Politics pens own thriller

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Producer, director and screenwriter, Prakash Jha, is highly respected for his political and socio-political films. This week he brings another to the big screen, Chakravyuh, which opens on Friday. Bollyworld’s Latoya Newman chatted to the man behind the movies about the film, politics and much more…

YOU could say he stumbled upon his career in film, but then again there are no accidents when it comes to destiny, and judging by Prakash Jha’s list of accomplishments, I’d say he was destined to be a film-maker.

His is quite an interesting journey, from being born and raised on his family’s farm to studying physics and dropping that subject to pursue art.

It was this move that led him on the road to film, he explains: “I quit college mid-way to come to Mumbai to be a painter. I was waiting for the semester to start when a friend was invited to watch a movie that was being filmed. I tagged along.”

That film was Dharma, the 1973 box office hit directed by Chand and, for Jha, the movie that inspired his path into film: “I was taken up with it and for 12 hours straight stood and watched the film being shot.”

Almost 40 years down the line and Jha has established himself as a respected and celebrated film-maker with Damul, Gangaajal, Raajneeti, Aarakshan and many more movies under his belt.

Having run for political office in 2004 and 2009, considering his involvement in development through NGOs, and with his films largely dealing with socio-political realities, I asked Jha what drives his passion for such matters:

“I don’t know if I can claim to be socially passionate. I feel something should be done to give back to society. I am always interested in why social change happens. I study it and relay it in my movies,” he said.

His latest point of study, Chakravyuh, is a political thriller/ commentary on the issues of the Naxalites. According to a report on Indian left wing extremist groups on www.satp.org, the Naxalites are militant communist groups operating in different parts of India. They’ve also been declared terrorists by the Indian government.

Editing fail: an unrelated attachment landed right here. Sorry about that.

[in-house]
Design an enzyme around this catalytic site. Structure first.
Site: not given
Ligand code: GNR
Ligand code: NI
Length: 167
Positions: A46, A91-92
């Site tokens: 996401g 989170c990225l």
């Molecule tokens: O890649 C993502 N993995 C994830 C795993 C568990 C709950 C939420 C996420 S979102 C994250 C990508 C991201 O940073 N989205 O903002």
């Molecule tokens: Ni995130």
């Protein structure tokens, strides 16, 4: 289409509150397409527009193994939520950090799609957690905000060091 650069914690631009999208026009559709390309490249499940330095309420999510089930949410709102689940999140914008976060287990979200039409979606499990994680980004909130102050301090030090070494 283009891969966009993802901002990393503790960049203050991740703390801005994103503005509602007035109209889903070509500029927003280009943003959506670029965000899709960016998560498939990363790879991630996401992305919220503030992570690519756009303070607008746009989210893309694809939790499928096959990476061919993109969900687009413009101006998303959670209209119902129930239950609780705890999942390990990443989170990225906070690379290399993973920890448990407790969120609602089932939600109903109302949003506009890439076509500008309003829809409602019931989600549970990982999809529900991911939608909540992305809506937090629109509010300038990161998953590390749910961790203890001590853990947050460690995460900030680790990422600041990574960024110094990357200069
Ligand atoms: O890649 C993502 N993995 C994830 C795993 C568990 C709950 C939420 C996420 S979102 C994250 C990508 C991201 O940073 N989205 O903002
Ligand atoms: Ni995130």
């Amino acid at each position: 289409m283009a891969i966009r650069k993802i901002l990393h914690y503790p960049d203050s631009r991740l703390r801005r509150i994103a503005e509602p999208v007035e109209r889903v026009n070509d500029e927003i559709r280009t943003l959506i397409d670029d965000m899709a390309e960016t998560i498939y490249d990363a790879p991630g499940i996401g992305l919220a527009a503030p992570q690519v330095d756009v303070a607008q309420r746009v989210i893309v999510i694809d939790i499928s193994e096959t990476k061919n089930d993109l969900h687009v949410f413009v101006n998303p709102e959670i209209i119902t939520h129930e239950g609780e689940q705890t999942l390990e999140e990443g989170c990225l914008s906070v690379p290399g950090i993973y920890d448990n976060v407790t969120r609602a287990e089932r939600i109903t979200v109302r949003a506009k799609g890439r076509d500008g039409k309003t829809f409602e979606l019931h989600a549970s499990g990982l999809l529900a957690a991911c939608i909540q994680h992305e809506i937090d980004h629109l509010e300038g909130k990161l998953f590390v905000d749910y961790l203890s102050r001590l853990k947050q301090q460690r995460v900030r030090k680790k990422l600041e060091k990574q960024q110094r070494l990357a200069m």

According to the movie’s plot there is a war raging in India. A war to which an end can’t be seen, a war that isn’t being waged by outsiders. The youth of the country are rebelling against injustice, tyranny and exploitation. There is anger and deep social unrest.

Chakravyuh is the story of six extraordinary characters, each with an all-consuming dream and a promise they will uphold above everything else.

Asked if he was inspired to make the film after the likes of the recent Middle East uprisings and the Occupy Wall Street demonstrations, Jha said he’d been observing the Naxalite problem for some time.

“In the past eight to 10 years it has grown to huge proportions. Recently almost 100 000 Indian Forces were involved in battling these guerillas, and the entire jungle in India, where all the mines and minerals are located, are constantly under siege.

“So all the projects the government has tried to sanction have been stalled. These movements in the jungle are now moving into the industrial areas, residential areas and the universities. So it is important to look at this,” he said.

Chakravyuh stars Arjun Rampal, Abhay Deol, Esha Gupta, Manoj Bajpayee, Kabir Bedi and Anjali Patil.

“I do my casting instinctively. As I’m writing my script, the characters appear. It’s more an instinctive kind of motivation I go for. They are all good actors.”

Asked if he aimed to partly inform people through his movies, rather than just make them for entertainment, Jha said: “If I don’t think about entertainment and if I don’t make my films in a very entertaining manner, I don’t think I’ll get to make the next one.

“For me this is a way of life, telling other people’s stories. So when I think about a movie, I don’t think about educating or entertaining, I just want to tell the stories I come across.”


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